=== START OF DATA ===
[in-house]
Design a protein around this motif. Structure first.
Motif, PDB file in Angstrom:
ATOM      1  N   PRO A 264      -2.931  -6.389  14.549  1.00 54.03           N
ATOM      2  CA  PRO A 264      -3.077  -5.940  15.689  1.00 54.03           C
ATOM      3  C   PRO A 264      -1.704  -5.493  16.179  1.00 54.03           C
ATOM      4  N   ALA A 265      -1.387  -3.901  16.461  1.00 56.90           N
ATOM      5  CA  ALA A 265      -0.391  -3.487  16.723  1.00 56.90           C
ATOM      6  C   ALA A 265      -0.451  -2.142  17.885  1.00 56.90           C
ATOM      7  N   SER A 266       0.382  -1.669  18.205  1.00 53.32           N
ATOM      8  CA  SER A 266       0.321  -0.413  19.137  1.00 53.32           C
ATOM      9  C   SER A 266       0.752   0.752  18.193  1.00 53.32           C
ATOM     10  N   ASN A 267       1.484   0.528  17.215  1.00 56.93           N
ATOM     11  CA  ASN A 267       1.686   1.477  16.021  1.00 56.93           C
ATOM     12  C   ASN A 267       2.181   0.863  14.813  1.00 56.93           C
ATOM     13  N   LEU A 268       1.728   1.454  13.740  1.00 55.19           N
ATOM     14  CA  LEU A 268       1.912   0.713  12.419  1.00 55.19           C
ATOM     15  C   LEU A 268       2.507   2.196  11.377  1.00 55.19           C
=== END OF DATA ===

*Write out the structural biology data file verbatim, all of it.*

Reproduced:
[in-house]
Design a protein around this motif. Structure first.
Motif, PDB file in Angstrom:
ATOM      1  N   PRO A 264      -2.931  -6.389  14.549  1.00 54.03           N
ATOM      2  CA  PRO A 264      -3.077  -5.940  15.689  1.00 54.03           C
ATOM      3  C   PRO A 264      -1.704  -5.493  16.179  1.00 54.03           C
ATOM      4  N   ALA A 265      -1.387  -3.901  16.461  1.00 56.90           N
ATOM      5  CA  ALA A 265      -0.391  -3.487  16.723  1.00 56.90           C
ATOM      6  C   ALA A 265      -0.451  -2.142  17.885  1.00 56.90           C
ATOM      7  N   SER A 266       0.382  -1.669  18.205  1.00 53.32           N
ATOM      8  CA  SER A 266       0.321  -0.413  19.137  1.00 53.32           C
ATOM      9  C   SER A 266       0.752   0.752  18.193  1.00 53.32           C
ATOM     10  N   ASN A 267       1.484   0.528  17.215  1.00 56.93           N
ATOM     11  CA  ASN A 267       1.686   1.477  16.021  1.00 56.93           C
ATOM     12  C   ASN A 267       2.181   0.863  14.813  1.00 56.93           C
ATOM     13  N   LEU A 268       1.728   1.454  13.740  1.00 55.19           N
ATOM     14  CA  LEU A 268       1.912   0.713  12.419  1.00 55.19           C
ATOM     15  C   LEU A 268       2.507   2.196  11.377  1.00 55.19           C